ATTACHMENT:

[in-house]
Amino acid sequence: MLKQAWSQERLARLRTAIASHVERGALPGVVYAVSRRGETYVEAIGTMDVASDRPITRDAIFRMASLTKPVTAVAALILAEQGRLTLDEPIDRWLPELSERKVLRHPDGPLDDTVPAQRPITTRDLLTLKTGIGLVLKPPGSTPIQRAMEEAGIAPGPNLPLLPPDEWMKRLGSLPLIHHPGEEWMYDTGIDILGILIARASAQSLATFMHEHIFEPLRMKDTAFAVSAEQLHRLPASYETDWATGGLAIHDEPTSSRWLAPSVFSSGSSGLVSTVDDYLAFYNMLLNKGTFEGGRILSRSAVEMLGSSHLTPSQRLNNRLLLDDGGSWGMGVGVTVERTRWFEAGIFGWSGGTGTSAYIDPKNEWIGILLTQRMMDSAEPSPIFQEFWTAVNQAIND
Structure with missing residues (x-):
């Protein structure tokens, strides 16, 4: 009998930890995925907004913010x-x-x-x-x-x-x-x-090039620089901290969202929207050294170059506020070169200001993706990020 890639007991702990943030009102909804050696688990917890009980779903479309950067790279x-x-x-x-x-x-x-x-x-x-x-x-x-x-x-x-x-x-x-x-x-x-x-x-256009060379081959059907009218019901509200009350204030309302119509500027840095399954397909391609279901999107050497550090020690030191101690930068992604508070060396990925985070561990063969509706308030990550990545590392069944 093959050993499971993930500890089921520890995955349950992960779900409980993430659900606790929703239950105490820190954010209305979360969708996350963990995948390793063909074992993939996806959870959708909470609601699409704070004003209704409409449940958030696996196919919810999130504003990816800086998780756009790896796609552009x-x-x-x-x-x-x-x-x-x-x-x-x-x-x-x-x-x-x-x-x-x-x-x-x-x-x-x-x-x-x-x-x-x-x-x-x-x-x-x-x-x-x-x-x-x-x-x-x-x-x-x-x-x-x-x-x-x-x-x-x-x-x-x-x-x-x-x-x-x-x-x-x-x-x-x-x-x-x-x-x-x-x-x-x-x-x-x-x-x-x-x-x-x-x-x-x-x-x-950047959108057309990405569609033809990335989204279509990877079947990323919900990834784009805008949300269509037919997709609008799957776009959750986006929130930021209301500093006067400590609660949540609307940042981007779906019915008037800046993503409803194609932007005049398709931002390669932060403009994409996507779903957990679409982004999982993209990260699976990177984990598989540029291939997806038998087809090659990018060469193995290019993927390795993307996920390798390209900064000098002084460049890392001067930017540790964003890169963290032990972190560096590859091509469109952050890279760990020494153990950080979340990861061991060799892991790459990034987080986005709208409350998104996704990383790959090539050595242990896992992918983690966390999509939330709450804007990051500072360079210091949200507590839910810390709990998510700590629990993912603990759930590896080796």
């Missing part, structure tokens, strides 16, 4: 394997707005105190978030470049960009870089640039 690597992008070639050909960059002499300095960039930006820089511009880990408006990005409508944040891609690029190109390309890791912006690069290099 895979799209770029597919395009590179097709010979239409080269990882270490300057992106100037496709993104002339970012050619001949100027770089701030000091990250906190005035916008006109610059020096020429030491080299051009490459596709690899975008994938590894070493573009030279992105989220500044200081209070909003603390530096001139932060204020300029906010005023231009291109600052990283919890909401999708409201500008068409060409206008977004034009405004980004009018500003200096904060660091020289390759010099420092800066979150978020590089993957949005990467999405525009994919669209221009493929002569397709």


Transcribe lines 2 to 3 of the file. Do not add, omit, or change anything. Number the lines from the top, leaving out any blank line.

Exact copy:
Amino acid sequence: MLKQAWSQERLARLRTAIASHVERGALPGVVYAVSRRGETYVEAIGTMDVASDRPITRDAIFRMASLTKPVTAVAALILAEQGRLTLDEPIDRWLPELSERKVLRHPDGPLDDTVPAQRPITTRDLLTLKTGIGLVLKPPGSTPIQRAMEEAGIAPGPNLPLLPPDEWMKRLGSLPLIHHPGEEWMYDTGIDILGILIARASAQSLATFMHEHIFEPLRMKDTAFAVSAEQLHRLPASYETDWATGGLAIHDEPTSSRWLAPSVFSSGSSGLVSTVDDYLAFYNMLLNKGTFEGGRILSRSAVEMLGSSHLTPSQRLNNRLLLDDGGSWGMGVGVTVERTRWFEAGIFGWSGGTGTSAYIDPKNEWIGILLTQRMMDSAEPSPIFQEFWTAVNQAIND
Structure with missing residues (x-):